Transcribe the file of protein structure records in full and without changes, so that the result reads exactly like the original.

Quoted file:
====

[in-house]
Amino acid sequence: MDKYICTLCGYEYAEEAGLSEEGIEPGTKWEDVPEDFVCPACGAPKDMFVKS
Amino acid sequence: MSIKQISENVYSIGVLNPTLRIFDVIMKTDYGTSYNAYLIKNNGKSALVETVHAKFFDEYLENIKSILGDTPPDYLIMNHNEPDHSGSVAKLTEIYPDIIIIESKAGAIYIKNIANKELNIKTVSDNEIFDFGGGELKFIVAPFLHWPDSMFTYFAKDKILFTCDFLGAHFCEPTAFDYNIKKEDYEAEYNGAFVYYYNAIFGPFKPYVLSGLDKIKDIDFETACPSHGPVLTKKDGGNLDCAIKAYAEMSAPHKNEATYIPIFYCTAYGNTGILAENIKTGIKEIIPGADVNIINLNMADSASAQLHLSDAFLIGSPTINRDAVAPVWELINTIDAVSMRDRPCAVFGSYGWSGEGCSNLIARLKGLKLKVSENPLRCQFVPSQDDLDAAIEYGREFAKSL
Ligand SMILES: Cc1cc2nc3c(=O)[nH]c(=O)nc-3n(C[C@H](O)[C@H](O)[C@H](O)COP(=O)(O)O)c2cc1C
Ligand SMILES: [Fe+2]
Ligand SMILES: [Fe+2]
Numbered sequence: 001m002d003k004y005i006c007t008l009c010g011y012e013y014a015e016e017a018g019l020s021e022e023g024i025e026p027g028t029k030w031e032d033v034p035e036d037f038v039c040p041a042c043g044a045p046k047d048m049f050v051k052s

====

[in-house]
Amino acid sequence: MDKYICTLCGYEYAEEAGLSEEGIEPGTKWEDVPEDFVCPACGAPKDMFVKS
Amino acid sequence: MSIKQISENVYSIGVLNPTLRIFDVIMKTDYGTSYNAYLIKNNGKSALVETVHAKFFDEYLENIKSILGDTPPDYLIMNHNEPDHSGSVAKLTEIYPDIIIIESKAGAIYIKNIANKELNIKTVSDNEIFDFGGGELKFIVAPFLHWPDSMFTYFAKDKILFTCDFLGAHFCEPTAFDYNIKKEDYEAEYNGAFVYYYNAIFGPFKPYVLSGLDKIKDIDFETACPSHGPVLTKKDGGNLDCAIKAYAEMSAPHKNEATYIPIFYCTAYGNTGILAENIKTGIKEIIPGADVNIINLNMADSASAQLHLSDAFLIGSPTINRDAVAPVWELINTIDAVSMRDRPCAVFGSYGWSGEGCSNLIARLKGLKLKVSENPLRCQFVPSQDDLDAAIEYGREFAKSL
Ligand SMILES: Cc1cc2nc3c(=O)[nH]c(=O)nc-3n(C[C@H](O)[C@H](O)[C@H](O)COP(=O)(O)O)c2cc1C
Ligand SMILES: [Fe+2]
Ligand SMILES: [Fe+2]
Numbered sequence: 001m002d003k004y005i006c007t008l009c010g011y012e013y014a015e016e017a018g019l020s021e022e023g024i025e026p027g028t029k030w031e032d033v034p035e036d037f038v039c040p041a042c043g044a045p046k047d048m049f050v051k052s